In my experience, most Evangelical Bible teachers have always encouraged their students to be “good Bereans,” always confirming what is being taught by searching the Scriptures. Many Roman Catholic teachers do not trust the Scriptures to be clear enough for the people. However, the Bible says, “These were more noble than those in Thessalonica, in that they received the word with all readiness of mind, and searched the scriptures daily, whether those things were so.”xxi
A noted Bible teacher has also cautioned against being personal followers of a particular teacher. To listen to a multitude of Bible teachers is a safeguard against extremism. “Where no counsel is, the people fall: but in the multitude of counselors there is safety.”xxii
Having been a devout Catholic, I know from personal experience that listening to anyone attack my former church would immediately raise an emotional wall blocking communication. My brothers and sisters in Christ who have come from the Roman church into true faith in Christ know better than to attack what is dear to the hearts of a people. The better approach is to present the historical facts and the biblical account and let the Holy Spirit lead the people to make their own decision.
John the Baptist said, “He must increase, but I must decrease.”xxiii But the Roman Catholic Church has exalted itself at the expense of our Lord Jesus Christ, to whom belongs all the glory, honor, and praise. As the bride of Christ, we seek to honor our Lord Christ Jesus and not seek our own glory.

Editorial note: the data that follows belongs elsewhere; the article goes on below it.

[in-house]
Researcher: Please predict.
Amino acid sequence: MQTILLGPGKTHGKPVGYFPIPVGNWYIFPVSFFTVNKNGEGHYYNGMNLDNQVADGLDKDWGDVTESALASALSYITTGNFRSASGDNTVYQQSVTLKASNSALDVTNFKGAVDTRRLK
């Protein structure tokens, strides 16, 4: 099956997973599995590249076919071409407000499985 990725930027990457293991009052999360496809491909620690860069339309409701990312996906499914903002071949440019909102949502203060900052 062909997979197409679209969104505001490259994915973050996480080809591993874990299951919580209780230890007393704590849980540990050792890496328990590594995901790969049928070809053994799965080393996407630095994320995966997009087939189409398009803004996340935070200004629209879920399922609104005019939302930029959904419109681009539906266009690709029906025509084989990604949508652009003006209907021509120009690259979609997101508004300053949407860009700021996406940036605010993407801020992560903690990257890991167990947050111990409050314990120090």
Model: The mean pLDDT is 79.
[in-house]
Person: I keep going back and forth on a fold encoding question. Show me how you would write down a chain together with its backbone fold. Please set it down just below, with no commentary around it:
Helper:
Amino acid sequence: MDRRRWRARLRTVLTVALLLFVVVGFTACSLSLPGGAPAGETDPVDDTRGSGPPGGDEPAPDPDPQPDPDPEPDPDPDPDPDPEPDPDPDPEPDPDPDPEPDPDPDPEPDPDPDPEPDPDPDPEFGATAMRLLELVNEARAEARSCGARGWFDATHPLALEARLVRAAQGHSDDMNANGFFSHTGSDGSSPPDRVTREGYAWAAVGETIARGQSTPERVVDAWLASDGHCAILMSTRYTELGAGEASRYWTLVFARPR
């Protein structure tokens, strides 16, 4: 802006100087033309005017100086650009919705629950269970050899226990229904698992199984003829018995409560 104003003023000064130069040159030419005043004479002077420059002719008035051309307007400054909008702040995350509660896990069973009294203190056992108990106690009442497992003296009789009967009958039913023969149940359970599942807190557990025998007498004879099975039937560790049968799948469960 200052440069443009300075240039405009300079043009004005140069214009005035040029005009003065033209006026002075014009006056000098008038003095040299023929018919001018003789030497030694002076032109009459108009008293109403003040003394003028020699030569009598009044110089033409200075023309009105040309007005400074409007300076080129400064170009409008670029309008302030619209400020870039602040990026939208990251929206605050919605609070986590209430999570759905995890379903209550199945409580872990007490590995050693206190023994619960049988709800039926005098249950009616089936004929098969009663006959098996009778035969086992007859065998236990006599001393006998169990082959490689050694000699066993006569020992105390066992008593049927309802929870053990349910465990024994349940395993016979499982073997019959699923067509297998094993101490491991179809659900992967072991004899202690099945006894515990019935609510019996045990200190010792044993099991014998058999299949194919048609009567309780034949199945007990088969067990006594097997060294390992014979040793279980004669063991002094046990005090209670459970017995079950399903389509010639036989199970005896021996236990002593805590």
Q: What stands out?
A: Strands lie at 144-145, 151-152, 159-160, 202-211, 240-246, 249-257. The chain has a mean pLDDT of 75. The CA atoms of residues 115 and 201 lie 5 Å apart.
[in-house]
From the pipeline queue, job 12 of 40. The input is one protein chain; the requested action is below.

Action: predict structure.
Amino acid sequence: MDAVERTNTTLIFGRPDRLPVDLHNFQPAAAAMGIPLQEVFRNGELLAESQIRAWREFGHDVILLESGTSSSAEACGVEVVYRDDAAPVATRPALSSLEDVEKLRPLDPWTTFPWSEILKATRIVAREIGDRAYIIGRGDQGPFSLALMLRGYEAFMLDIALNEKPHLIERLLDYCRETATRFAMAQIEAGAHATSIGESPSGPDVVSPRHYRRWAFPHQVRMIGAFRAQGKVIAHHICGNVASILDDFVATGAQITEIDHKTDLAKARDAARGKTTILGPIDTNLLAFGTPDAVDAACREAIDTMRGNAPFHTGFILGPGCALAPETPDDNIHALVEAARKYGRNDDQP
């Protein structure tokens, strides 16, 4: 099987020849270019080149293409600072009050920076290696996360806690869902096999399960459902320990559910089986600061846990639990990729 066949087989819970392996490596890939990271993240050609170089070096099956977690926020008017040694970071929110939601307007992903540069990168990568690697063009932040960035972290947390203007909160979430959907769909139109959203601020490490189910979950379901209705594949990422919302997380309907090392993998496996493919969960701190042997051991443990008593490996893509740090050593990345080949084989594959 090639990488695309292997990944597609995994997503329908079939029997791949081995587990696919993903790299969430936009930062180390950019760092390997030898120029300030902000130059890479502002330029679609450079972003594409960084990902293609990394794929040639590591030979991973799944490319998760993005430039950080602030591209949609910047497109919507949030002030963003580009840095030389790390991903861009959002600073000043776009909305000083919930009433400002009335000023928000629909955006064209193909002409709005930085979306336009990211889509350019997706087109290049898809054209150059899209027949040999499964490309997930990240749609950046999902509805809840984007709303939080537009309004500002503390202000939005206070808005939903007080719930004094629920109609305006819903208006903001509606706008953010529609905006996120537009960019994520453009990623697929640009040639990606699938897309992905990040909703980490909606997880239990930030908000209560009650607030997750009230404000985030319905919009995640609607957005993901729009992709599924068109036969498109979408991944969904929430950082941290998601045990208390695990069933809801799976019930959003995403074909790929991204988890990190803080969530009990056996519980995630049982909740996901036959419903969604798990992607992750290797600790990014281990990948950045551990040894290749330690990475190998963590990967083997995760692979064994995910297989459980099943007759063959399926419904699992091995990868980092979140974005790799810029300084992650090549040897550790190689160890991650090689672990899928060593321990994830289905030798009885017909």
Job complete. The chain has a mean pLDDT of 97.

Praying that you be reconciled with God, I finish with the words of the Apostle Paul, “And all things are of God, who hath reconciled us to himself by Jesus Christ, and hath given to us the ministry of reconciliation; To wit, that God was in Christ, reconciling the world unto himself, not imputing their trespasses unto them; and hath committed unto us the word of reconciliation. Now then we are ambassadors for Christ, as though God did beseech you by us: we pray you in Christ’s stead, be ye reconciled to God.”xxiv
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i Hebrews 11:6
ii Hebrews 11:6
iii Romans 8:28
iv 1 Timothy 3:16
v 2 Corinthians 13:5
vi Romans 6:4
vii Colossians 1:22-24
viii Ephesians 5:11
ix Jude 1:20
x Philippians 4:13
xi Psalm 116
xii Colossians 2:8
xiii John 15:5
xiv Ephesians 2:8-9
xv Luke 18:16
xvi Catechism of the Catholic Church Para 1129
xvii Galatians 1:9
xviii Catechism of the Catholic Church Para 983
xix Heb 10:10
xx Luke 9:6
xxi Acts 17:11
xxii Psalm 11:14
xxiii John 3:30
xxiv 2 Corinthians 5:18-20